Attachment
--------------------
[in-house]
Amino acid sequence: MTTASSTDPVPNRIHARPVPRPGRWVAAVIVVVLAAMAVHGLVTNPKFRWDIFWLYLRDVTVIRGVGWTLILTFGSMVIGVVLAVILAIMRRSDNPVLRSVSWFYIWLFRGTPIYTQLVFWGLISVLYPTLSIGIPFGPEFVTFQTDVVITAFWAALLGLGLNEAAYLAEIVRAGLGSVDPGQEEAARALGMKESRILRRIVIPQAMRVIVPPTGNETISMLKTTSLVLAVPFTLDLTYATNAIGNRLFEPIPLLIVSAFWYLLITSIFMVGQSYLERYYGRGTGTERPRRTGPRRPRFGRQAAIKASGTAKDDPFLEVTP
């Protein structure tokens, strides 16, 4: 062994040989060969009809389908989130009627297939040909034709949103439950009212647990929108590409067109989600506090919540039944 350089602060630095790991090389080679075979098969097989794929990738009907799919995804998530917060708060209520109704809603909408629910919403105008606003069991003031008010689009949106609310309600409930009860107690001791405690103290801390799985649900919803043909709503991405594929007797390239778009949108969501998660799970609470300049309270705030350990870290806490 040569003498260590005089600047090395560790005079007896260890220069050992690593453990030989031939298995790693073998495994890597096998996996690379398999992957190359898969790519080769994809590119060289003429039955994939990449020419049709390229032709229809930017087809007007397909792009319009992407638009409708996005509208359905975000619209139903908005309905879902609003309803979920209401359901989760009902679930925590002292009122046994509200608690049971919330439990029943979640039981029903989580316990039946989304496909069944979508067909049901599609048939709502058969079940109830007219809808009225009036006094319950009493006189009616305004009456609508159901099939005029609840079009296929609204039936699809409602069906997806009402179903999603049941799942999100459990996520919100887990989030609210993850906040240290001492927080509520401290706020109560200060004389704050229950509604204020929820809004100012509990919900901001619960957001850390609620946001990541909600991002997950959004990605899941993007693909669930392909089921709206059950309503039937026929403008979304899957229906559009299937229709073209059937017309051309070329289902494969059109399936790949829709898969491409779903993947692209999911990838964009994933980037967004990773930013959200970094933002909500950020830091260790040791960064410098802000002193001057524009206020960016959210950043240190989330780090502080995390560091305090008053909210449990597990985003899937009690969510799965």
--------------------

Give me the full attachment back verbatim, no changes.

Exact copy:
[in-house]
Amino acid sequence: MTTASSTDPVPNRIHARPVPRPGRWVAAVIVVVLAAMAVHGLVTNPKFRWDIFWLYLRDVTVIRGVGWTLILTFGSMVIGVVLAVILAIMRRSDNPVLRSVSWFYIWLFRGTPIYTQLVFWGLISVLYPTLSIGIPFGPEFVTFQTDVVITAFWAALLGLGLNEAAYLAEIVRAGLGSVDPGQEEAARALGMKESRILRRIVIPQAMRVIVPPTGNETISMLKTTSLVLAVPFTLDLTYATNAIGNRLFEPIPLLIVSAFWYLLITSIFMVGQSYLERYYGRGTGTERPRRTGPRRPRFGRQAAIKASGTAKDDPFLEVTP
């Protein structure tokens, strides 16, 4: 062994040989060969009809389908989130009627297939040909034709949103439950009212647990929108590409067109989600506090919540039944 350089602060630095790991090389080679075979098969097989794929990738009907799919995804998530917060708060209520109704809603909408629910919403105008606003069991003031008010689009949106609310309600409930009860107690001791405690103290801390799985649900919803043909709503991405594929007797390239778009949108969501998660799970609470300049309270705030350990870290806490 040569003498260590005089600047090395560790005079007896260890220069050992690593453990030989031939298995790693073998495994890597096998996996690379398999992957190359898969790519080769994809590119060289003429039955994939990449020419049709390229032709229809930017087809007007397909792009319009992407638009409708996005509208359905975000619209139903908005309905879902609003309803979920209401359901989760009902679930925590002292009122046994509200608690049971919330439990029943979640039981029903989580316990039946989304496909069944979508067909049901599609048939709502058969079940109830007219809808009225009036006094319950009493006189009616305004009456609508159901099939005029609840079009296929609204039936699809409602069906997806009402179903999603049941799942999100459990996520919100887990989030609210993850906040240290001492927080509520401290706020109560200060004389704050229950509604204020929820809004100012509990919900901001619960957001850390609620946001990541909600991002997950959004990605899941993007693909669930392909089921709206059950309503039937026929403008979304899957229906559009299937229709073209059937017309051309070329289902494969059109399936790949829709898969491409779903993947692209999911990838964009994933980037967004990773930013959200970094933002909500950020830091260790040791960064410098802000002193001057524009206020960016959210950043240190989330780090502080995390560091305090008053909210449990597990985003899937009690969510799965």